A new view of how class I molecules fight diseases

J. Kaufman - Department of Pathology, University of Cambridge

©Imperial College London

Classical class I molecules of the major histocompatibility complex (MHC) play crucial roles in defence against viruses.
The class I molecules bind pieces of protein (peptides) from the cytoplasm and nucleus of cells (where viruses replicate) and then move to the cell surface. If class I molecules bearing peptides derived from viruses are recognised by cytotoxic T lymphocytes (CTLs), then the virally-infected cell can be killed by the CTLs.
Viruses are strongly selected to evade the CTLs, for instance by changing the amino acid sequence of the peptides bound to class I molecules, which in turn selects for class I molecules that bind different peptides. This molecular arms race drives MHC molecules to be the most polymorphic genetic loci known.

The genetic associations of the MHC with resistance and susceptibility to infectious pathogens are relatively weak for humans and other mammals, (at least in part) because each MHC haplotype has a multi gene family of class I molecules, all of which together provide more-or-less protection to most pathogens. In contrast, the chicken MHC (that is, the BF-BL region of the B locus) is associated with decisive resistance and susceptibility to economically important infectious diseases, (at least in part) because each MHC haplotype expresses only a single class I molecule, whose properties determine the immune response.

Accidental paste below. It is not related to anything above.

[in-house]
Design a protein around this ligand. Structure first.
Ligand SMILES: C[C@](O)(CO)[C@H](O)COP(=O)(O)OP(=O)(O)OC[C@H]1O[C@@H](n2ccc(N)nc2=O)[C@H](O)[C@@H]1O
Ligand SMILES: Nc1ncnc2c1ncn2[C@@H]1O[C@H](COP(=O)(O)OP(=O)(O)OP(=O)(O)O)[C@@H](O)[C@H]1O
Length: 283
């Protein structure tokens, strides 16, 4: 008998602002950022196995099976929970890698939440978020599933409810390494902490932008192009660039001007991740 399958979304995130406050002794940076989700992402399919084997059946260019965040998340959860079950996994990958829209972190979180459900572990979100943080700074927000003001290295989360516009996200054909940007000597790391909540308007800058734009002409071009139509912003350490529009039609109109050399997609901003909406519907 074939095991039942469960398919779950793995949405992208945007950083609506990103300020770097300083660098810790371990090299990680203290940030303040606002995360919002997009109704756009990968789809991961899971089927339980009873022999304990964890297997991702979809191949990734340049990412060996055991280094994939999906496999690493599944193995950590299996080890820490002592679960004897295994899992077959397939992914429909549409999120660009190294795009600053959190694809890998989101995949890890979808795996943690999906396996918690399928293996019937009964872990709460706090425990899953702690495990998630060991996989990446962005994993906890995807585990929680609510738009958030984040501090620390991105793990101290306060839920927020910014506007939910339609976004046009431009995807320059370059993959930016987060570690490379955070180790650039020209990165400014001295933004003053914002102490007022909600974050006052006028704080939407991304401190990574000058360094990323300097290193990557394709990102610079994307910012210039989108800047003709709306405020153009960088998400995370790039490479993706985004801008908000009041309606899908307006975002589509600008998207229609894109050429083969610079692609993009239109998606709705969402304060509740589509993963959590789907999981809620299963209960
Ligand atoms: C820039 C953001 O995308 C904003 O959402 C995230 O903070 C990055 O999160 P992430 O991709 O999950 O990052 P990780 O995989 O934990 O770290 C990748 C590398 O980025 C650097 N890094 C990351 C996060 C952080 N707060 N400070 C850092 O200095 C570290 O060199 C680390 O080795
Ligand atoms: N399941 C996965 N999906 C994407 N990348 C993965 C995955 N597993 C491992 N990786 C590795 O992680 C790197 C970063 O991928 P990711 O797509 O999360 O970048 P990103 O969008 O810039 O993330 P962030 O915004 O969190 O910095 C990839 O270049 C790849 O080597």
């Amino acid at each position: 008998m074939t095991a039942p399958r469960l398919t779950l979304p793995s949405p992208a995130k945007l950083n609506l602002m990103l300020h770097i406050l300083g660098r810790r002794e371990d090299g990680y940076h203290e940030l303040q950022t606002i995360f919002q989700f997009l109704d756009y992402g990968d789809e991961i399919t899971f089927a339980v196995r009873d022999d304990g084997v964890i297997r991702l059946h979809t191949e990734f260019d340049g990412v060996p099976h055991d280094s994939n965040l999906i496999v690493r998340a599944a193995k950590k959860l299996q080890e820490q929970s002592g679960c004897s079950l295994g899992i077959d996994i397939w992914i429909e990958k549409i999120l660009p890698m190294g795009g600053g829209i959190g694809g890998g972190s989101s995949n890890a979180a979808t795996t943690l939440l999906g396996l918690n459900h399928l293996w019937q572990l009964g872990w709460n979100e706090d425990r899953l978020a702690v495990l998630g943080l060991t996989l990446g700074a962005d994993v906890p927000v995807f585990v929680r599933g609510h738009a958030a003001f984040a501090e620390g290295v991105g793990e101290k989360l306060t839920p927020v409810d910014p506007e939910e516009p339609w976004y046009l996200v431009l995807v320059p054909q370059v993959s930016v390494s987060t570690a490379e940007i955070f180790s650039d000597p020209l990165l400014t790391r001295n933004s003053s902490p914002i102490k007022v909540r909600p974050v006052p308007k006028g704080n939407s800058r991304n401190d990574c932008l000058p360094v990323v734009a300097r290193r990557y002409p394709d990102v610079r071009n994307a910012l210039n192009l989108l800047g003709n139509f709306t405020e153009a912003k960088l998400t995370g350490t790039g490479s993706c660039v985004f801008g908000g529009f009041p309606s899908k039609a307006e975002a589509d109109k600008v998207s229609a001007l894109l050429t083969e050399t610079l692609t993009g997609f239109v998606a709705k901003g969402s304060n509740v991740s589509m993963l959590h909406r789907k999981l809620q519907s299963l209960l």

The basis for the difference in the number of class I molecules expressed appears to be the organisation of the MHC, which underwent a genetic inversion in the lineage to placental mammals, breaking co-evolutionary relationships between the class I gene and the genes encoding the antigen processing and peptide loading molecules.
Some MHC haplotypes have a dominantly expressed class I molecule with a fastidious peptide-binding specificity, requiring particular amino acids as anchor residues in at least three positions. However, other haplotypes express a molecule with that binds an astonishing variety of peptides.

The structures of these promiscuous class I molecules explain the breadth of peptide binding. The two kinds of haplotypes differ in a suite of properties, including cell surface expression level, peptide-transporter (TAP) specificity and resistance to the oncogenic herpes virus that causes Marek’s disease.
Looking through the scientific literature, MHC haplotypes with promiscuous class I molecules confer resistance to several different pathogens. Such promiscuous class I molecules might be considered as “generalists” that confer resistance to most pathogens, with particular fastidious “specialists” being selected by new or particularly deadly pathogens.
Some human HLA-B molecules were examined and found that they also differ in this suite of properties. Moreover, the highly expressed and fastidious alleles, acting as “specialists”, confer slower progression to acquired immunodeficiency disease syndrome (AIDS) after infection by human immunodeficiency virus (HIV), a relatively new and deadly pathogen. Thus, the concept of “generalists” and “specialists” may be a fundamental property of MHC class I molecules, which is forcing us to re-evaluate decades of immunological research.
From the International Symposium on Avian Corona and Pneumoviruses